Wiley does not contest the jury's finding of willful infringement and concedes that the jury's award of statutory damages was not against the weight of the evidence under the instructions given to the jury.9 Rather, Wiley contends that the District Court erred by failing to consider whether the statutory damages award is reasonably related to the proven amount of plaintiff's actual loss and complains that the jury's award “bears no rational relationship to the plaintiff's actual loss” and is “an epitome of a run-away award.” Appellant's Reply Br. 50.
We have held that district courts employing their “wide discretion ․ in setting the amount of statutory damages” should consider:
(1) the infringer's state of mind; (2) the expenses saved, and profits earned, by the infringer; (3) the revenue lost by the copyright holder; (4) the deterrent effect on the infringer and third parties; (5) the infringer's cooperation in providing evidence concerning the value of the infringing material; and (6) the conduct and attitude of the parties.
Bryant v. Media Right Prods., Inc., 603 F.3d 135, 143–44 (2d Cir.2010) (quotation marks omitted). Although revenue lost is one factor to consider, we have not held that there must be a direct correlation between statutory damages and actual damages. To suggest otherwise is to ignore the various other factors a court may consider and the purposes of statutory damages in the willful infringement context.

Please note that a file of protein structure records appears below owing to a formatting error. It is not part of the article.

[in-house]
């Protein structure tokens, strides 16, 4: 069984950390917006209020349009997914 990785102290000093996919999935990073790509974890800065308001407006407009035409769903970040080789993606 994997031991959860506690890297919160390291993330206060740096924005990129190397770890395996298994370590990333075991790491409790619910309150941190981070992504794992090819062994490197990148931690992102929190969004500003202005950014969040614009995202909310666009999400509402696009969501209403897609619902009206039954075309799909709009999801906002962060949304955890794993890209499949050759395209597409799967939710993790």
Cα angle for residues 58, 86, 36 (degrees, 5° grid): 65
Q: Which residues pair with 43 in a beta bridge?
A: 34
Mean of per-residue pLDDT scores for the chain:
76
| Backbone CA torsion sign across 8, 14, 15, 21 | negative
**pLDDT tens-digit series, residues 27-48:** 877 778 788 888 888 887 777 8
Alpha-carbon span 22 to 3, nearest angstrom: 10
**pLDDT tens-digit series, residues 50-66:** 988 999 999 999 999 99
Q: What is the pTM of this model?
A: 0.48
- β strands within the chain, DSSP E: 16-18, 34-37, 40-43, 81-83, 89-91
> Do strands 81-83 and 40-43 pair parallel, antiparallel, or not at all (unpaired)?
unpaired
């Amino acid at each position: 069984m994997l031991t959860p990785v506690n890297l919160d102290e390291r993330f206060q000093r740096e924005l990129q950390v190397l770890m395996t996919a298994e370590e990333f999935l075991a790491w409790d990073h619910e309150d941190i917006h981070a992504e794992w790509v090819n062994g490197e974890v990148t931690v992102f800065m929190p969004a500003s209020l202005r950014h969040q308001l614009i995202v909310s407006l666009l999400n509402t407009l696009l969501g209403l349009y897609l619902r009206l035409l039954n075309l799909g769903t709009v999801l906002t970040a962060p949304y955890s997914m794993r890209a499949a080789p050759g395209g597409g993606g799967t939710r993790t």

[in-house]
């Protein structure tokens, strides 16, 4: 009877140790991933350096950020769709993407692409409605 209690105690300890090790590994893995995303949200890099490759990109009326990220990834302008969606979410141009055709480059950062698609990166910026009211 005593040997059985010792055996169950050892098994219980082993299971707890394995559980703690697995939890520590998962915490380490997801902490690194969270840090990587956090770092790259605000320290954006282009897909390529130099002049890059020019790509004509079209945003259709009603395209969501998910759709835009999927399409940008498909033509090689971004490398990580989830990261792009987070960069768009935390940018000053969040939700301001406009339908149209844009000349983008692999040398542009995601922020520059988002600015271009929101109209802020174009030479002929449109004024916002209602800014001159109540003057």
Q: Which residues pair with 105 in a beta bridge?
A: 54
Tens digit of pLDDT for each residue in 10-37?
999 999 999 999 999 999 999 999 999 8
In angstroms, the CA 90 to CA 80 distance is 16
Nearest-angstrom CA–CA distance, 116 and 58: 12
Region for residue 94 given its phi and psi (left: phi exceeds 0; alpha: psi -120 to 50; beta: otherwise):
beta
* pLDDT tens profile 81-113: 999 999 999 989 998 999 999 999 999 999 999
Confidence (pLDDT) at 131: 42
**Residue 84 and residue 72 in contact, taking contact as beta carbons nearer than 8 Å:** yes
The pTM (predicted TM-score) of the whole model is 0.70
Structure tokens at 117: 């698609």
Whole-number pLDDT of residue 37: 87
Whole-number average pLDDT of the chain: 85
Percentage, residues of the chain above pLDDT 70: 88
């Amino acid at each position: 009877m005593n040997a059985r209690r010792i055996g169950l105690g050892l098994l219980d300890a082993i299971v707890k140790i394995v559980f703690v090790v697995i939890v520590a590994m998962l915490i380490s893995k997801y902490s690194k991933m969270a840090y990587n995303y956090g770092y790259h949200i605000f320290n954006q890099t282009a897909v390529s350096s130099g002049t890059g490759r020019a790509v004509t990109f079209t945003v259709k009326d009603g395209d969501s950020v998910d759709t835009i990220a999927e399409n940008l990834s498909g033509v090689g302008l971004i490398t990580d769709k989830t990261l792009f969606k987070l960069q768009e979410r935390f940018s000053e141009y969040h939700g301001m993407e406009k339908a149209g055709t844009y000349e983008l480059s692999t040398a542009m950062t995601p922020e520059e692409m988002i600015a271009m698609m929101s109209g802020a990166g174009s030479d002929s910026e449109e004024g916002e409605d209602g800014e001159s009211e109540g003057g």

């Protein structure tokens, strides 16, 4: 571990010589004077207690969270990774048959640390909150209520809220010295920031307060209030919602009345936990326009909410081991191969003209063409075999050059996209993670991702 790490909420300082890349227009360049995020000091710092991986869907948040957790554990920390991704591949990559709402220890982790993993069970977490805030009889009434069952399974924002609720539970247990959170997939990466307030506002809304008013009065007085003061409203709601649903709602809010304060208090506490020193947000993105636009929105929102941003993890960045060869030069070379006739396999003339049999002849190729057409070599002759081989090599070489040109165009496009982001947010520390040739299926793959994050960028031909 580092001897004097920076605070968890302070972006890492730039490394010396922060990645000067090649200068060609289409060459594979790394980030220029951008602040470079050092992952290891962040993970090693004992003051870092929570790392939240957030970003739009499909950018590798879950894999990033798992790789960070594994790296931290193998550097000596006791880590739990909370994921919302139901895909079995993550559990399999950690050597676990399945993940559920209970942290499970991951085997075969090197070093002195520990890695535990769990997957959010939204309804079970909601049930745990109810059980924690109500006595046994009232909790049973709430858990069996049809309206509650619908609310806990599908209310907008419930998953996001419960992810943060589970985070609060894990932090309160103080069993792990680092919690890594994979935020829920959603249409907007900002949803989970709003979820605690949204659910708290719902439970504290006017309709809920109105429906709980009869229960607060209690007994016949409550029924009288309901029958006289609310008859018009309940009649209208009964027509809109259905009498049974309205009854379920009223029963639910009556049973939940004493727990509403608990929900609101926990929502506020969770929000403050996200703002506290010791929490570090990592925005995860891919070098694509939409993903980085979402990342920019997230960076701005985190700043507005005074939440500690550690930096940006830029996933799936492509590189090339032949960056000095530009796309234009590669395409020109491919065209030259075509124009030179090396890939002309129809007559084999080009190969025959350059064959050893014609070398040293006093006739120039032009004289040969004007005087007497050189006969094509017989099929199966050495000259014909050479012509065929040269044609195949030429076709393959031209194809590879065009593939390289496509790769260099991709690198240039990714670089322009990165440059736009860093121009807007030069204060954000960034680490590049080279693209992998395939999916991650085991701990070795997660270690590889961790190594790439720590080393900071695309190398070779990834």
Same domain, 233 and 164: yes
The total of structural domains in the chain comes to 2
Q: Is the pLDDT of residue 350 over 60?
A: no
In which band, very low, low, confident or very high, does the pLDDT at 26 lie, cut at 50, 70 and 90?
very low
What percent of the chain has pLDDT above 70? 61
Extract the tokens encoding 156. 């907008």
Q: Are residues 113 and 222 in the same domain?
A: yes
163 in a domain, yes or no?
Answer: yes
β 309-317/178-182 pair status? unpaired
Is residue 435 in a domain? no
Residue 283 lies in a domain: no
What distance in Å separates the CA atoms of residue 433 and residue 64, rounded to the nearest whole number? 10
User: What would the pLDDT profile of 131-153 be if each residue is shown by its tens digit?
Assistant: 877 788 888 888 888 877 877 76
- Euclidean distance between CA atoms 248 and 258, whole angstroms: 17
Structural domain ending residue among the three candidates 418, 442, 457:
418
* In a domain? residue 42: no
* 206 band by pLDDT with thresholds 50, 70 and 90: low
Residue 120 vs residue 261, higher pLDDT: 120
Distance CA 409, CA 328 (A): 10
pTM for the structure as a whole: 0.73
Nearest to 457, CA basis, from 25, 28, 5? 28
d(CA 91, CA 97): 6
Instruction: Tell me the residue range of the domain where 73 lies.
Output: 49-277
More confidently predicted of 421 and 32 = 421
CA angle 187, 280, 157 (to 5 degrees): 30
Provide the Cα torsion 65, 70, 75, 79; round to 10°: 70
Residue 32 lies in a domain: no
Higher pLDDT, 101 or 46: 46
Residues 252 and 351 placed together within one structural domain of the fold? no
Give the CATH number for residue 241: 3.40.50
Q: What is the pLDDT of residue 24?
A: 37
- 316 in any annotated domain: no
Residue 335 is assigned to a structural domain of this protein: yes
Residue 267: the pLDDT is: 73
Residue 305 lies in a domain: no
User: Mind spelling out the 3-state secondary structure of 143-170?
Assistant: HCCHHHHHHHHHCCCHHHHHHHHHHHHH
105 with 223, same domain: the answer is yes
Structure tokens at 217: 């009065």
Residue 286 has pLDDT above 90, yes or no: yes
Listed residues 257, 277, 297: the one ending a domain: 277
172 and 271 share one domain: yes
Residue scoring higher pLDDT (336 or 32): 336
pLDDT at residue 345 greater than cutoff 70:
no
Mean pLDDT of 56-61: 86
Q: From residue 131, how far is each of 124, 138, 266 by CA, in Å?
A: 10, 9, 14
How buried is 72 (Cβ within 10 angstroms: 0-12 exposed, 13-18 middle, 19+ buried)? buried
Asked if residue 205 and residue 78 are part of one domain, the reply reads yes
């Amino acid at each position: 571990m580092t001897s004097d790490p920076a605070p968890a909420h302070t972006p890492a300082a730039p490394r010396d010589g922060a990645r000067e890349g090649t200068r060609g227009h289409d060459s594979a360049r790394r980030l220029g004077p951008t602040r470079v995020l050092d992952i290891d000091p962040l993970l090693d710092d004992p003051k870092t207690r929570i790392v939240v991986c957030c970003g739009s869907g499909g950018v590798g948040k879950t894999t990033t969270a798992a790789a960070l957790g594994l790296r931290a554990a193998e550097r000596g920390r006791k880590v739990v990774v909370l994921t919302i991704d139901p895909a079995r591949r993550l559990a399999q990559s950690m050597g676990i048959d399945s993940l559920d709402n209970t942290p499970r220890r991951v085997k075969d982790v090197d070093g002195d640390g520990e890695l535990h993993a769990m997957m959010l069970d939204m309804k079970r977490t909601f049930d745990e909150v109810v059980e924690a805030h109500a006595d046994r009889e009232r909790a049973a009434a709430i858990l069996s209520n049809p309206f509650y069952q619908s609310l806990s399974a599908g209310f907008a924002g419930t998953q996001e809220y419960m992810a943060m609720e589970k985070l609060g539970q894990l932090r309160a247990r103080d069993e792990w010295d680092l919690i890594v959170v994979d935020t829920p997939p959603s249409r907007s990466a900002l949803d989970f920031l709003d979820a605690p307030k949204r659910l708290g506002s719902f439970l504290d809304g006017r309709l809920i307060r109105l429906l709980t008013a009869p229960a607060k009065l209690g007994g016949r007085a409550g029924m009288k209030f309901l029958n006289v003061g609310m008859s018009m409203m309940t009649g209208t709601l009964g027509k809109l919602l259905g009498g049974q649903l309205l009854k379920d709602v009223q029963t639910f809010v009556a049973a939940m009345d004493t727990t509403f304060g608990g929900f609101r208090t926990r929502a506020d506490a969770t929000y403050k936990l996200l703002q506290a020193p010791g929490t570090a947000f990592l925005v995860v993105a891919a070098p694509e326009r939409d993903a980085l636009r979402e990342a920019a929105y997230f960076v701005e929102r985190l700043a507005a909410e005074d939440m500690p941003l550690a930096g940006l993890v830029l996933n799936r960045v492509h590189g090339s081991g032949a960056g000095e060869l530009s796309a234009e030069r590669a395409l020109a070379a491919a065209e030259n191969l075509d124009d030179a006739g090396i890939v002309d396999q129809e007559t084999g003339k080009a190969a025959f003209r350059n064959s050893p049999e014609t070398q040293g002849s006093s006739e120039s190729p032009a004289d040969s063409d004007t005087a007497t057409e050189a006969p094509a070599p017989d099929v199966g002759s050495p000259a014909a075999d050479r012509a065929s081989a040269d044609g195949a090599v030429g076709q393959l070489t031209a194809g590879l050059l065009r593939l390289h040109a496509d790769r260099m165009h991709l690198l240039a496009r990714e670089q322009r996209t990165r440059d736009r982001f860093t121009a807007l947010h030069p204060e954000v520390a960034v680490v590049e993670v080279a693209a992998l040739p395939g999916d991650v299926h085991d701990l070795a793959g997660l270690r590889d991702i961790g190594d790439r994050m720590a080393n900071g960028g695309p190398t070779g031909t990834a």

The District Court concluded that several of the relevant factors could explain the jury's award based on the evidence adduced at trial—in particular, the evidence supported a finding of willfulness and that Wiley earned substantial profits, and the jury may have viewed Wiley as a repeat infringer in need of deterrence.
In sum, we discern no error in the District Court's denial of Wiley's motion for remittitur or a new trial. The District Court did not abuse its discretion in refusing to alter the jury's award of statutory damages.
For the foregoing reasons, the judgment of the District Court is AFFIRMED.
1. Like the better known triceratops, the oviraptor was a non-avian dinosaur often described as “bird-like” in its features. See Gregory S. Paul, Dinosaurs of the Air: The Evolution and Loss of Flight in Dinosaurs and Birds 219–20 (2002).